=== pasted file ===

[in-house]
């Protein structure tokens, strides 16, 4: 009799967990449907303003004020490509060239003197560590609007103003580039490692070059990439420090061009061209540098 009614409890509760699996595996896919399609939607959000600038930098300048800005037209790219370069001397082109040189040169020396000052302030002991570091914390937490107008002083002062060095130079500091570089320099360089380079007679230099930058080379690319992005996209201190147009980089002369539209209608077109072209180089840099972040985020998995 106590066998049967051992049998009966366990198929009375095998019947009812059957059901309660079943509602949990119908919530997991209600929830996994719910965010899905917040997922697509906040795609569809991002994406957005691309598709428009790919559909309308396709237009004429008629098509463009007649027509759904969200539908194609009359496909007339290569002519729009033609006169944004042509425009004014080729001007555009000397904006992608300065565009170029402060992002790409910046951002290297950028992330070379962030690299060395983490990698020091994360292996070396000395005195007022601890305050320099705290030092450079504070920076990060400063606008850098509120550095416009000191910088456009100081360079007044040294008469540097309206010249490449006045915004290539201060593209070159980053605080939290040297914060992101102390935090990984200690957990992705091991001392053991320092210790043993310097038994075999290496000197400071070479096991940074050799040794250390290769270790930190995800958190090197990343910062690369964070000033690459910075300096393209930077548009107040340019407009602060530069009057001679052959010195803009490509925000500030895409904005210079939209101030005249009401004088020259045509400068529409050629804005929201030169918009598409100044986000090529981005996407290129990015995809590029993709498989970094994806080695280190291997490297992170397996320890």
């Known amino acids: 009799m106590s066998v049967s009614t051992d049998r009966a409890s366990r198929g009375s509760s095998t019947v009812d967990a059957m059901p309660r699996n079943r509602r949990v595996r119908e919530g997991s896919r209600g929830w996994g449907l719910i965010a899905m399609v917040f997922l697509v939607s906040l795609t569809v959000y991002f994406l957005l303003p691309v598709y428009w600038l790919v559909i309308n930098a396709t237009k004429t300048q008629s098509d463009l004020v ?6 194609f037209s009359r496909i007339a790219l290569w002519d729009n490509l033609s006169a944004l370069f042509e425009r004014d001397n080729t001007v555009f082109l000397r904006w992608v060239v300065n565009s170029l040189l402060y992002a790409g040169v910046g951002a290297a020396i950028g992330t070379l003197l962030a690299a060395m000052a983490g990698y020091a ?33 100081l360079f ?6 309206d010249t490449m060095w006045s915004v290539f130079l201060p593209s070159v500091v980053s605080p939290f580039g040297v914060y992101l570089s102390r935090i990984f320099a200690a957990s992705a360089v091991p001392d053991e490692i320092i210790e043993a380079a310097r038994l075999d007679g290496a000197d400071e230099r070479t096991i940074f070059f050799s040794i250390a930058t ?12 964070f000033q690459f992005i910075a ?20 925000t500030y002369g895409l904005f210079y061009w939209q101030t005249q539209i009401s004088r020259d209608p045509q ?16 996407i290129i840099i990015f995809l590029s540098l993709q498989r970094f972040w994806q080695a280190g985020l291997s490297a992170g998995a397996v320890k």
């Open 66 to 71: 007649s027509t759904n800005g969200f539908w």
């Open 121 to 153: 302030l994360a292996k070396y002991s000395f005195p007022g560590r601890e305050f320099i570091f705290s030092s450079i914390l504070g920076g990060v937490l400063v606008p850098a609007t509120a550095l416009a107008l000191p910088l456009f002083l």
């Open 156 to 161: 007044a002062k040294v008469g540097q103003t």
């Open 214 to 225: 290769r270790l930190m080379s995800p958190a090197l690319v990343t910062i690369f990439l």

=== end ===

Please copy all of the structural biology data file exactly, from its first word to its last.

[in-house]
């Protein structure tokens, strides 16, 4: 009799967990449907303003004020490509060239003197560590609007103003580039490692070059990439420090061009061209540098 009614409890509760699996595996896919399609939607959000600038930098300048800005037209790219370069001397082109040189040169020396000052302030002991570091914390937490107008002083002062060095130079500091570089320099360089380079007679230099930058080379690319992005996209201190147009980089002369539209209608077109072209180089840099972040985020998995 106590066998049967051992049998009966366990198929009375095998019947009812059957059901309660079943509602949990119908919530997991209600929830996994719910965010899905917040997922697509906040795609569809991002994406957005691309598709428009790919559909309308396709237009004429008629098509463009007649027509759904969200539908194609009359496909007339290569002519729009033609006169944004042509425009004014080729001007555009000397904006992608300065565009170029402060992002790409910046951002290297950028992330070379962030690299060395983490990698020091994360292996070396000395005195007022601890305050320099705290030092450079504070920076990060400063606008850098509120550095416009000191910088456009100081360079007044040294008469540097309206010249490449006045915004290539201060593209070159980053605080939290040297914060992101102390935090990984200690957990992705091991001392053991320092210790043993310097038994075999290496000197400071070479096991940074050799040794250390290769270790930190995800958190090197990343910062690369964070000033690459910075300096393209930077548009107040340019407009602060530069009057001679052959010195803009490509925000500030895409904005210079939209101030005249009401004088020259045509400068529409050629804005929201030169918009598409100044986000090529981005996407290129990015995809590029993709498989970094994806080695280190291997490297992170397996320890």
């Known amino acids: 009799m106590s066998v049967s009614t051992d049998r009966a409890s366990r198929g009375s509760s095998t019947v009812d967990a059957m059901p309660r699996n079943r509602r949990v595996r119908e919530g997991s896919r209600g929830w996994g449907l719910i965010a899905m399609v917040f997922l697509v939607s906040l795609t569809v959000y991002f994406l957005l303003p691309v598709y428009w600038l790919v559909i309308n930098a396709t237009k004429t300048q008629s098509d463009l004020v ?6 194609f037209s009359r496909i007339a790219l290569w002519d729009n490509l033609s006169a944004l370069f042509e425009r004014d001397n080729t001007v555009f082109l000397r904006w992608v060239v300065n565009s170029l040189l402060y992002a790409g040169v910046g951002a290297a020396i950028g992330t070379l003197l962030a690299a060395m000052a983490g990698y020091a ?33 100081l360079f ?6 309206d010249t490449m060095w006045s915004v290539f130079l201060p593209s070159v500091v980053s605080p939290f580039g040297v914060y992101l570089s102390r935090i990984f320099a200690a957990s992705a360089v091991p001392d053991e490692i320092i210790e043993a380079a310097r038994l075999d007679g290496a000197d400071e230099r070479t096991i940074f070059f050799s040794i250390a930058t ?12 964070f000033q690459f992005i910075a ?20 925000t500030y002369g895409l904005f210079y061009w939209q101030t005249q539209i009401s004088r020259d209608p045509q ?16 996407i290129i840099i990015f995809l590029s540098l993709q498989r970094f972040w994806q080695a280190g985020l291997s490297a992170g998995a397996v320890k």
């Open 66 to 71: 007649s027509t759904n800005g969200f539908w």
């Open 121 to 153: 302030l994360a292996k070396y002991s000395f005195p007022g560590r601890e305050f320099i570091f705290s030092s450079i914390l504070g920076g990060v937490l400063v606008p850098a609007t509120a550095l416009a107008l000191p910088l456009f002083l």
């Open 156 to 161: 007044a002062k040294v008469g540097q103003t």
């Open 214 to 225: 290769r270790l930190m080379s995800p958190a090197l690319v990343t910062i690369f990439l």